Forest Gate students teach about lung cancer
The students, from the sixth form at St Bonaventures in Forest Gate, took on the role of teachers by learning how to spot the symptoms of lung cancer and educating younger colleagues in a series of workshops.
The small c campaign aims to save thousands of lives through early cancer detection by raising awareness that most cancers can be successfully treated if caught when they are small.
Lung cancer is a primary focus as research shows most people survive if the disease is diagnosed at an early stage.
Taariq Miah, 17, from East Ham said teaching younger students meant he was better able to retain all the important information he’d been given about lung cancer and spotting it early.
He said: “One of the small c workers came to the sixth form to tell us all about the early symptoms of lung cancer. Then we developed powerpoint presentations and interactive games that we’ve shared with Year 10 classes.
You may also want to watch:
“The younger students were really interested and more open to the message because it was being taught by their peers.
“Lung cancer is often thought of as a very scary issue, and sometimes when people suspect they have it they put off going to the GP because they don’t want to hear bad news.”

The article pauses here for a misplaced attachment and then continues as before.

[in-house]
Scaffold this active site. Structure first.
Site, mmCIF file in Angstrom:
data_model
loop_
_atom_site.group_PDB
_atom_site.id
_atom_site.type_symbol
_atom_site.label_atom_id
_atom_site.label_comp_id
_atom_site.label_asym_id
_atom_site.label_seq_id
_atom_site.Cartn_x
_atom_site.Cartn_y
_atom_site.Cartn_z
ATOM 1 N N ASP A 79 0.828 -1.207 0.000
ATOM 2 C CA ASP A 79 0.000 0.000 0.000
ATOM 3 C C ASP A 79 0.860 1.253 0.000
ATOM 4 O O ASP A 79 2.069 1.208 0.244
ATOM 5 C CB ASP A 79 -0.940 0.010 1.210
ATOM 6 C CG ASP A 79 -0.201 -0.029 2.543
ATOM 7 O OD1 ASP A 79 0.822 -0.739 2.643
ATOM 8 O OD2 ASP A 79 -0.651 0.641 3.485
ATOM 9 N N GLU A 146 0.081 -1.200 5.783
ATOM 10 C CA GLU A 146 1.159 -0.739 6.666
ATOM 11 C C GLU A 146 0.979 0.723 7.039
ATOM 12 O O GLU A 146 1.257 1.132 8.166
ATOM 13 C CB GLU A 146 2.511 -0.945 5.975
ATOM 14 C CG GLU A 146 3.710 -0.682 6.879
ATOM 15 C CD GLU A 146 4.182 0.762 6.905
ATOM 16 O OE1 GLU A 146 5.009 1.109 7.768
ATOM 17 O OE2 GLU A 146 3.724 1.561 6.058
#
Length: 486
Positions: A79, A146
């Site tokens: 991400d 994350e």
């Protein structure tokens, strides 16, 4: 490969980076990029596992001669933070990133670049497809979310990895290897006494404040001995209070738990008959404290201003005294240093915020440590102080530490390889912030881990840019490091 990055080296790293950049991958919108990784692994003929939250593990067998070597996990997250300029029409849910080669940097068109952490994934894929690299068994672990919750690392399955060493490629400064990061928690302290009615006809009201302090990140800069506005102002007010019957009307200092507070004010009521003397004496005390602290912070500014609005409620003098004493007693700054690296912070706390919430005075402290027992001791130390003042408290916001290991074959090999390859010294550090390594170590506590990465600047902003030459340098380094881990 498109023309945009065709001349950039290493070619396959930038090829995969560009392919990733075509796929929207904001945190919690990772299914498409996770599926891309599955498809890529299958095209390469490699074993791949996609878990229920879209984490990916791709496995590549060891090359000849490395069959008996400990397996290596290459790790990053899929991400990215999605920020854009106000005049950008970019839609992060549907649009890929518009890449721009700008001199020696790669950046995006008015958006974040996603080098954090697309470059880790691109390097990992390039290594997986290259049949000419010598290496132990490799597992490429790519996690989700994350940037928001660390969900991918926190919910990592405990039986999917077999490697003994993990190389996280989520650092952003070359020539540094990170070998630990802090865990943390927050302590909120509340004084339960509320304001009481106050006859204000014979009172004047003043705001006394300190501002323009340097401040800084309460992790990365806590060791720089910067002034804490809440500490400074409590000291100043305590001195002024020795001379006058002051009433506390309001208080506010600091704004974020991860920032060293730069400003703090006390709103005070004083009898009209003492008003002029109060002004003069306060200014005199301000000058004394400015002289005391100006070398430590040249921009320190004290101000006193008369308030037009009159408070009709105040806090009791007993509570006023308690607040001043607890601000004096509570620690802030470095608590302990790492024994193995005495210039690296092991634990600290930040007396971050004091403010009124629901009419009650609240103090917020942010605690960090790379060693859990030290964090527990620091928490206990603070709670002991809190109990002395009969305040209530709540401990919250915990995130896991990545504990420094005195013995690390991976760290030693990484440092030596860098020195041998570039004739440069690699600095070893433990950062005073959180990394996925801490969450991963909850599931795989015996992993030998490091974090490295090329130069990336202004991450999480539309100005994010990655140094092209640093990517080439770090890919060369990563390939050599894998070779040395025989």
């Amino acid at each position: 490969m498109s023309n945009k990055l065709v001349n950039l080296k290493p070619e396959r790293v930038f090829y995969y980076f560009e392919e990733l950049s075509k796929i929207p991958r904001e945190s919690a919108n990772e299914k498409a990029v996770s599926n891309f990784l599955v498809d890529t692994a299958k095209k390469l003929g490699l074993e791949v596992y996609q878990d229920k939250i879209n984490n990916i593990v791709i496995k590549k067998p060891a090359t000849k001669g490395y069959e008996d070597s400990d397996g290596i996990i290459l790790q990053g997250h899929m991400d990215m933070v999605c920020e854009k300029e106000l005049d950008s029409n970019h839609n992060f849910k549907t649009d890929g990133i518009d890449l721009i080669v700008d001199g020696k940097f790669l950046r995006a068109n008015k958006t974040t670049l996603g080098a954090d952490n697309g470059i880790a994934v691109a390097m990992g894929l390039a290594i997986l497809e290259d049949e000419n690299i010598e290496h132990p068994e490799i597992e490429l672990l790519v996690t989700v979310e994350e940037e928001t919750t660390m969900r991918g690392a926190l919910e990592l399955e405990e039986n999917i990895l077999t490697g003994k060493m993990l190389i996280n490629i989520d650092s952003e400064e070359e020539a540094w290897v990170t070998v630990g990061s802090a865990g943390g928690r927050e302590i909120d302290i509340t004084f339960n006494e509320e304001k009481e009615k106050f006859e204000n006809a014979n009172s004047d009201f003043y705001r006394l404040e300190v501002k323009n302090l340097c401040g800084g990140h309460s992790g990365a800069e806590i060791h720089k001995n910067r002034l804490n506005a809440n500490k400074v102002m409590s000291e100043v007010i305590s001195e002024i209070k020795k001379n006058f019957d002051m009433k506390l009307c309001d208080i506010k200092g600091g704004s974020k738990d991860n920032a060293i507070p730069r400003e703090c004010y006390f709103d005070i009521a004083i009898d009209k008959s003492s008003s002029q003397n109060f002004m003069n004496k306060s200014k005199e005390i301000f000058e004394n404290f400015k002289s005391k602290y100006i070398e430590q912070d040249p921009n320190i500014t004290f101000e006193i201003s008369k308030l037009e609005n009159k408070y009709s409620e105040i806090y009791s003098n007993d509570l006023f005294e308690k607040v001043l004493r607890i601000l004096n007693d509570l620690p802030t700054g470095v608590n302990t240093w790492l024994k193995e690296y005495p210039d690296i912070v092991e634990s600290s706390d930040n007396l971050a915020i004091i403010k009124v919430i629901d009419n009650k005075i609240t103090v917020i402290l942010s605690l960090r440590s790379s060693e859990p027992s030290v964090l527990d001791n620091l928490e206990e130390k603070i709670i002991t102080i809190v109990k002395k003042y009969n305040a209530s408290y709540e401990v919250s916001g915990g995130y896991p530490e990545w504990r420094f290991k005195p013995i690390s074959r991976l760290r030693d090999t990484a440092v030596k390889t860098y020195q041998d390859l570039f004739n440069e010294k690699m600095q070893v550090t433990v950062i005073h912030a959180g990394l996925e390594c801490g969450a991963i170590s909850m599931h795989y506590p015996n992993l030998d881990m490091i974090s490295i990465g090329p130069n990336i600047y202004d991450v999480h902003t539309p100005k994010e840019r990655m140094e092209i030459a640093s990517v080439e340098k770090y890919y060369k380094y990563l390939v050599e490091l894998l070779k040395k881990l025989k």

- 1 Tributes to Newham cop who died after positive Covid-19 test
- 2 Police release image after teenager stabbed in Forest Gate robbery
- 3 Labour Party investigates second Newham councillor over antisemitism
- 4 Arrests after girl, 16, falls onto tracks at King George V DLR
- 5 NHS nurse assaulted at east London hospital
- 6 What a load of old rubbish: Fly-tippers keep charity staff out of building
- 7 Covid vaccination hub opening in Westfield next week
- 8 Newham housing association offers homes to Hackney Council with £10m price tag
- 9 Lockdown in Newham having a 'positive' effect on Covid-19 case rate
- 10 Police appeal for help after woman raped in Beckton
Students are also encouraged to discuss the topic with their families at home to raise awareness with parents and older relatives.
St Bonaventure’s Head Teacher Paul Halliwell said his personal connection to lung cancer meant the campaign had his full support.
He said: “My mother passed away from lung cancer and my father from another lung-related illness so I am passionate about educating the younger generation.
“Spreading the message to students while they are still at a young, impressionable age means we have a greater chance of stamping out this awful disease.”
Symptoms include a cough for more than three weeks or one that has changed or got worse, shortness of breath, coughing up phlegm with blood in it, a hoarse voice and unexplained weight loss.